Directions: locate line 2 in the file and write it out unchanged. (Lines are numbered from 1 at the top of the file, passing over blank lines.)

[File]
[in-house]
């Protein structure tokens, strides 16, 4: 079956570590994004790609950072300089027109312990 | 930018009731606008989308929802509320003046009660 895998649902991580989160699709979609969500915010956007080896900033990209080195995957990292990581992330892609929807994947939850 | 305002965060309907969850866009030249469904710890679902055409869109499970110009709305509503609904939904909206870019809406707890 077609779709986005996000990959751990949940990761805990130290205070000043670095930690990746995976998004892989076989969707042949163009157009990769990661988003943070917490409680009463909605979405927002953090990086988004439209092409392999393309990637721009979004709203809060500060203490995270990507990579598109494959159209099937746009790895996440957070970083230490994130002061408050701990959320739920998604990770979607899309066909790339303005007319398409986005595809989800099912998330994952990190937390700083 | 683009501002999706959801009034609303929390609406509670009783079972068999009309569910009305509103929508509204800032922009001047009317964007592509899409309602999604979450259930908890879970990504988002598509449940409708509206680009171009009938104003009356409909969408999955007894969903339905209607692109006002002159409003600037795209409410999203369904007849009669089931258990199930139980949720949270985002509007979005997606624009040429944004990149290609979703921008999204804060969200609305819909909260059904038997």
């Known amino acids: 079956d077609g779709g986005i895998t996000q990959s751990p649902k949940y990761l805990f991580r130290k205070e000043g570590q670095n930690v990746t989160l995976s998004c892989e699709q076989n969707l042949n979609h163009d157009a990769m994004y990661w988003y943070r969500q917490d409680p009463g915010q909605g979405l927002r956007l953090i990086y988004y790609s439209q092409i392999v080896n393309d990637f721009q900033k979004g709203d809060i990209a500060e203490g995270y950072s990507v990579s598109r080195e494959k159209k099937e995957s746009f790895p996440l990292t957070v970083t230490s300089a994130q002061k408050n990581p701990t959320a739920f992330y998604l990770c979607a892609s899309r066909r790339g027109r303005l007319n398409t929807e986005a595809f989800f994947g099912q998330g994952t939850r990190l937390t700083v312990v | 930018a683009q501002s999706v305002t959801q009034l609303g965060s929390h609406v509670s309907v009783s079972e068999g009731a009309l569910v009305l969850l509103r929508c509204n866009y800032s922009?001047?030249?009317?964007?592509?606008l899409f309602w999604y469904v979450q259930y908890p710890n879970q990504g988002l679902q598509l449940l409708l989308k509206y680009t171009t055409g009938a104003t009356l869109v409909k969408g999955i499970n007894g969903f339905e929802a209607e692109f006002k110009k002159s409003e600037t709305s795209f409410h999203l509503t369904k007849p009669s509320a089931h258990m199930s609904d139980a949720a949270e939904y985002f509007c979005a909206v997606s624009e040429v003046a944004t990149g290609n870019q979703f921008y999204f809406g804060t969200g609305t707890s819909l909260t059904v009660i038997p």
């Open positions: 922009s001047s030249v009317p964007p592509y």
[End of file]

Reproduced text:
């Protein structure tokens, strides 16, 4: 079956570590994004790609950072300089027109312990 | 930018009731606008989308929802509320003046009660 895998649902991580989160699709979609969500915010956007080896900033990209080195995957990292990581992330892609929807994947939850 | 305002965060309907969850866009030249469904710890679902055409869109499970110009709305509503609904939904909206870019809406707890 077609779709986005996000990959751990949940990761805990130290205070000043670095930690990746995976998004892989076989969707042949163009157009990769990661988003943070917490409680009463909605979405927002953090990086988004439209092409392999393309990637721009979004709203809060500060203490995270990507990579598109494959159209099937746009790895996440957070970083230490994130002061408050701990959320739920998604990770979607899309066909790339303005007319398409986005595809989800099912998330994952990190937390700083 | 683009501002999706959801009034609303929390609406509670009783079972068999009309569910009305509103929508509204800032922009001047009317964007592509899409309602999604979450259930908890879970990504988002598509449940409708509206680009171009009938104003009356409909969408999955007894969903339905209607692109006002002159409003600037795209409410999203369904007849009669089931258990199930139980949720949270985002509007979005997606624009040429944004990149290609979703921008999204804060969200609305819909909260059904038997």